What age brings in business
I bet you’ve seen them in the magazines. The young entrepreneurs, usually about 25. Tousled hair. Converse on their feet. Cocky. At the height of the Internet bubble in the early 90s, they were the toast of the Valley and world. They possessed a certain bravado and were determined to make millions before they turned thirty. Some of them did. Most didn’t. But the ones who survived, like the creators of Google, helped turn living-room startups into billion-dollar companies. They amassed enough wealth to retire without a worry and decide what kind of life they’d want at 30.
These entrepreneurs defy the statistics; the research that states only the top quartile of entrepreneurs make more wages than their corporate-employed counterparts and that 75% of business owners would be better off financially with a good old regular job. Still, it is not the ability to make enormous sums of money that I marvel at, but the ages at which they begin. These entrepreneurs are very young and they raise a whole set of questions with regard to when is a good time to start a business.
I started my marketing communications firms at age 29, and I will tell you if I knew back then the necessities for forming a start-up, I may not have taken my leap of faith. I didn’t have a network. Certainly no real business experience and no wealth of any kind to bootstrap my business. The only thing I had was optimism and the ability to live like a minimalist, even before the term became fashionable.
I recently read though that the best predictor of entrepreneurship is not age, not income, not wealth, it is ability. Oddly enough, think of a U- shaped curve. People with very low and very high ability tend to start companies. The middle usually stays put.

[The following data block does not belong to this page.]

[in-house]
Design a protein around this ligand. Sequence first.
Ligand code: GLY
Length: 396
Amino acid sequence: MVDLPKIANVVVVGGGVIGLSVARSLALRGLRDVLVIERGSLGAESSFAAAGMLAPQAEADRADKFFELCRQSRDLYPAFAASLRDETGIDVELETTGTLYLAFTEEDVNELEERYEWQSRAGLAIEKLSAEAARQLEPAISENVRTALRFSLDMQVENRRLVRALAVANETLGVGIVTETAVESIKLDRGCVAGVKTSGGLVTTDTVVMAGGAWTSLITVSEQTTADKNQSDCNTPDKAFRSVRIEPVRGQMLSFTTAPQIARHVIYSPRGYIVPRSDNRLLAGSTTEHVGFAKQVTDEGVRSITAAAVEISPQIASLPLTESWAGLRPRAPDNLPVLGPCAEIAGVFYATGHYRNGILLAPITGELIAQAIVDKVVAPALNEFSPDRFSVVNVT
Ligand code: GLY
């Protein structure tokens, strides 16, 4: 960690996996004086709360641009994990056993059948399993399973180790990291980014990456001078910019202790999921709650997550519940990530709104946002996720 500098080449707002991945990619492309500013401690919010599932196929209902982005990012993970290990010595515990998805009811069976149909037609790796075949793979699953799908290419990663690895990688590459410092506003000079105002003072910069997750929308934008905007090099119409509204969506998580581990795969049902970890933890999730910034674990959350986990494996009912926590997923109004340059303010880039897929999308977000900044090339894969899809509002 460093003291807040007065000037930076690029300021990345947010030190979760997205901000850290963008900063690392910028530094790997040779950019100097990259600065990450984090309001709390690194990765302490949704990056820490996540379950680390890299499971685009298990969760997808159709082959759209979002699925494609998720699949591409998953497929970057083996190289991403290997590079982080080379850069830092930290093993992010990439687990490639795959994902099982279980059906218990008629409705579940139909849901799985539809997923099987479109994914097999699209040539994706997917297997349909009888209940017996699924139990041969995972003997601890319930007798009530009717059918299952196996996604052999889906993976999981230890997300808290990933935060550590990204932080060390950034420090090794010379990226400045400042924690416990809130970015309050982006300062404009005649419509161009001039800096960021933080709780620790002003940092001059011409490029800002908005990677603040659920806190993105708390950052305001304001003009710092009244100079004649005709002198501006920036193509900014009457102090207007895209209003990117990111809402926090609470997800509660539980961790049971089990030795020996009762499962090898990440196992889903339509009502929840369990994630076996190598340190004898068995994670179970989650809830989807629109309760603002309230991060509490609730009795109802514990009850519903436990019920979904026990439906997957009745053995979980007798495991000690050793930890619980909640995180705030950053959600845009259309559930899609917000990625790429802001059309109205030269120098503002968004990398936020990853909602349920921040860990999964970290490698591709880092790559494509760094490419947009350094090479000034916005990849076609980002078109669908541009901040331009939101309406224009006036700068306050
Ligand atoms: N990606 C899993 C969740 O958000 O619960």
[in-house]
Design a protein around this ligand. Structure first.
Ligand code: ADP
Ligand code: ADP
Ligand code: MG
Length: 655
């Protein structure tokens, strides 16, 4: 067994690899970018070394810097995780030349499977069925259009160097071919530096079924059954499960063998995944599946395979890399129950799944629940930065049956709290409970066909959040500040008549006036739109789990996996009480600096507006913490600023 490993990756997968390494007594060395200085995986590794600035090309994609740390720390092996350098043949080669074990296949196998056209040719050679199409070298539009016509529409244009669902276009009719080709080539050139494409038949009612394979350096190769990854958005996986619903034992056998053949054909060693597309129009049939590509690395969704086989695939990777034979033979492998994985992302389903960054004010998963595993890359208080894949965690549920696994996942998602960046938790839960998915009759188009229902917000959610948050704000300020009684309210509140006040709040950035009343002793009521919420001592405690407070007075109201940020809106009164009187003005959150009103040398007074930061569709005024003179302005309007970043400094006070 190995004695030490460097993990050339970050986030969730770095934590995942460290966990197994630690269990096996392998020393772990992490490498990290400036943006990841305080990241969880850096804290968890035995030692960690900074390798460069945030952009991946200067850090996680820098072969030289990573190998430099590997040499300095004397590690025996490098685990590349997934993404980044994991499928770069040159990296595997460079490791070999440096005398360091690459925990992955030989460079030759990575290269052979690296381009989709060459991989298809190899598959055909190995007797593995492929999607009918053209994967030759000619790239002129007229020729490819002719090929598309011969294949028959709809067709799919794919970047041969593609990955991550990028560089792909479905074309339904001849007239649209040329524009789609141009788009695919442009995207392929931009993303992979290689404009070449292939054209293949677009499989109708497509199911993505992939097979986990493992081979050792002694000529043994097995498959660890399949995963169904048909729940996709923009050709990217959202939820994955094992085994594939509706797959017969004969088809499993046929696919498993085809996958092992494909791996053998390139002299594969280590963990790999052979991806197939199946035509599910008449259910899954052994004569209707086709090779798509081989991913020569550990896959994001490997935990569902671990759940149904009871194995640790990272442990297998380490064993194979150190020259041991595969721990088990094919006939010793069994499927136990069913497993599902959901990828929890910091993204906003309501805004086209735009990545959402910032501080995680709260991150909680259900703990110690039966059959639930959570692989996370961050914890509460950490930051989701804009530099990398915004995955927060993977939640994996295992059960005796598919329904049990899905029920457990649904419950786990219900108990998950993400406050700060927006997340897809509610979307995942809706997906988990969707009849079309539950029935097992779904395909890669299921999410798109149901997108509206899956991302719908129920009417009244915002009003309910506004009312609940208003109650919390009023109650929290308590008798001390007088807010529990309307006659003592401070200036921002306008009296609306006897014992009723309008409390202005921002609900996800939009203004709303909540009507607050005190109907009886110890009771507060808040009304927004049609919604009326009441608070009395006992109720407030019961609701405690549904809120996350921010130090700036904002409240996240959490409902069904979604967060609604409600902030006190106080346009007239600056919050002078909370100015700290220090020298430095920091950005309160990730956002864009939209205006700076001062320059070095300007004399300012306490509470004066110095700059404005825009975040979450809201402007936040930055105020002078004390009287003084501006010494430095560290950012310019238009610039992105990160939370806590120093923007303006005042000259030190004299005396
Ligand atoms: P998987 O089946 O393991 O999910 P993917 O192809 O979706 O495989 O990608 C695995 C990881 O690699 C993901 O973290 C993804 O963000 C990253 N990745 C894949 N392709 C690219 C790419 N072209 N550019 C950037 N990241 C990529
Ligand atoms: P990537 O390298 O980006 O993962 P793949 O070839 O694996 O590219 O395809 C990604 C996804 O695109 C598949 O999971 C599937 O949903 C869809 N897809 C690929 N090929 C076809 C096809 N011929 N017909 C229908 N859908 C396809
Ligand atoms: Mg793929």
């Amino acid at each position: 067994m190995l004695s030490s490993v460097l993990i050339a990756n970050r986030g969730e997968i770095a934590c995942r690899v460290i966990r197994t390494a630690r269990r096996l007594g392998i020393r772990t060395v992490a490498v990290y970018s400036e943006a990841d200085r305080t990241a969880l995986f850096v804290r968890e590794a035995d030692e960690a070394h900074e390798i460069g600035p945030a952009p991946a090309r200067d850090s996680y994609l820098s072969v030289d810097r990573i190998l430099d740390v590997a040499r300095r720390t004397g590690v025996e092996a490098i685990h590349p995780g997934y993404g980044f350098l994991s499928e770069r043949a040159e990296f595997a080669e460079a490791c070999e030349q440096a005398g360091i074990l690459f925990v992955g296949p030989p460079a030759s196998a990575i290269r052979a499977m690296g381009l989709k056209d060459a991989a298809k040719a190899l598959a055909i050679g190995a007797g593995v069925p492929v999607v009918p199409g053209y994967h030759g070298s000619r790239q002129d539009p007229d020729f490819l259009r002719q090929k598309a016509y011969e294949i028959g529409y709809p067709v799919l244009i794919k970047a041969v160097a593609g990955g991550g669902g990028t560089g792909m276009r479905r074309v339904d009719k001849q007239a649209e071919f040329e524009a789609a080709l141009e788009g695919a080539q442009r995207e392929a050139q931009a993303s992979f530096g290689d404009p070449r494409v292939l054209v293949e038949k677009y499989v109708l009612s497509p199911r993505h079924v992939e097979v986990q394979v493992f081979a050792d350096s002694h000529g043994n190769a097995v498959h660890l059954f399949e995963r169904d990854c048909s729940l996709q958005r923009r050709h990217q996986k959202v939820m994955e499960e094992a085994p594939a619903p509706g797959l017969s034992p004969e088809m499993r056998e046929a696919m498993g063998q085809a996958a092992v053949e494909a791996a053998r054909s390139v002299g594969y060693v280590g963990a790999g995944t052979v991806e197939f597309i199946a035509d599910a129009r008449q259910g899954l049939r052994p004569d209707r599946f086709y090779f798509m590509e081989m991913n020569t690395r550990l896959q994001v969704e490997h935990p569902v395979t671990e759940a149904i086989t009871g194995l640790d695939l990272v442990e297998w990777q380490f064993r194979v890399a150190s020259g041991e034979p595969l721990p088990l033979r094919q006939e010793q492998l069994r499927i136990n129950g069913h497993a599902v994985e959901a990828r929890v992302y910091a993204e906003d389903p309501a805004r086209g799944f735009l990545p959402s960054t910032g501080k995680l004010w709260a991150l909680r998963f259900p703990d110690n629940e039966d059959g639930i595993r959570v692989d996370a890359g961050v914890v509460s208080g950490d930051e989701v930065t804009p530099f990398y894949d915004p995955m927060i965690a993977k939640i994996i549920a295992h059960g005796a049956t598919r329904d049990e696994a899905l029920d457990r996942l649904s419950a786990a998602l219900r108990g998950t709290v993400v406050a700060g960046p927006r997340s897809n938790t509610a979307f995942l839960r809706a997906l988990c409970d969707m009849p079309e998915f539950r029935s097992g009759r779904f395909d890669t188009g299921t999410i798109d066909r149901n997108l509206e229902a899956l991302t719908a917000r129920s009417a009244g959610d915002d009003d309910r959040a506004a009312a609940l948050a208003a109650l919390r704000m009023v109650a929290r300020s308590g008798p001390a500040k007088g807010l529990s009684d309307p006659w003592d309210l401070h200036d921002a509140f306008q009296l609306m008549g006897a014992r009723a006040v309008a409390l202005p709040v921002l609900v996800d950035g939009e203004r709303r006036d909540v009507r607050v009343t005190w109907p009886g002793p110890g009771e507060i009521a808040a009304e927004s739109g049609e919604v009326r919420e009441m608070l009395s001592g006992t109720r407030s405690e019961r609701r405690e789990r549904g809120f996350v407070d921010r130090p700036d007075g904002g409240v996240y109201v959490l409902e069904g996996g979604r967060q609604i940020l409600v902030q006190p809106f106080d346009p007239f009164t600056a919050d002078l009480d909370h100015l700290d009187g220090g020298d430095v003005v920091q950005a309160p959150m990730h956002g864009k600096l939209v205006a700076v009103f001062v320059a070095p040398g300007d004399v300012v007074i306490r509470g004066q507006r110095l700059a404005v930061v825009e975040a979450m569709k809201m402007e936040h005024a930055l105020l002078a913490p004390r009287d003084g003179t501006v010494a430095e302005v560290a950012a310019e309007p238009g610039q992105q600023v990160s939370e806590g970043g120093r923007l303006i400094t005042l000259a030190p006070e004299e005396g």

Here’s an excerpt from the article:
“We hypothesize that individuals with very low ability are more likely to take up self employment. These individuals may simply lack the discipline to work under someone else’s authority, or in teams. They may also compare their low positions in their organizations and their low remunerations with those of higher ability individuals with similar human capital, and feel frustrated at the difference. They are therefore tempted to strike it out on their own. It is an empirical question whether their self-employment income would be higher than their paid employment income.
On the other hand, individuals with very high ability are those with high energy levels, who get things done, who have strong interpersonal skills, and who are creative problem solvers. These individuals may feel that, in spite of their above average remuneration, they can do better on their own. This is because they have to share with their principals a substantial percentage of the value they contribute to their organizations. Finally, individuals of average ability are likely to be compensated in line with their human capital – they are therefore less likely to search for self-employment opportunities.”
I knew on what side of the curve I stood from very early on, what I didn’t know was that age can bring:
1) Money – It helps to have assets.
2) Connections – By the time you are 38, your friends and co-workers will have switched companies, changed jobs, and moved up the corporate ladder so there is easier access to decision makers and the people needed to help you get your business off the ground.
3) Wisdom – You don’t have to learn or invent many of the standard processes .
4) Patience – You learn how to wait for the pitch that is in your business’ capacity.
Still, as I grow older and trade one set of skill sets for another, I recognise that age has less to do with success in business than opportunity and perseverance. Once you can spot the former and do the latter, then go ahead, hitch onto your entrepreneurial star. Enjoy the ride.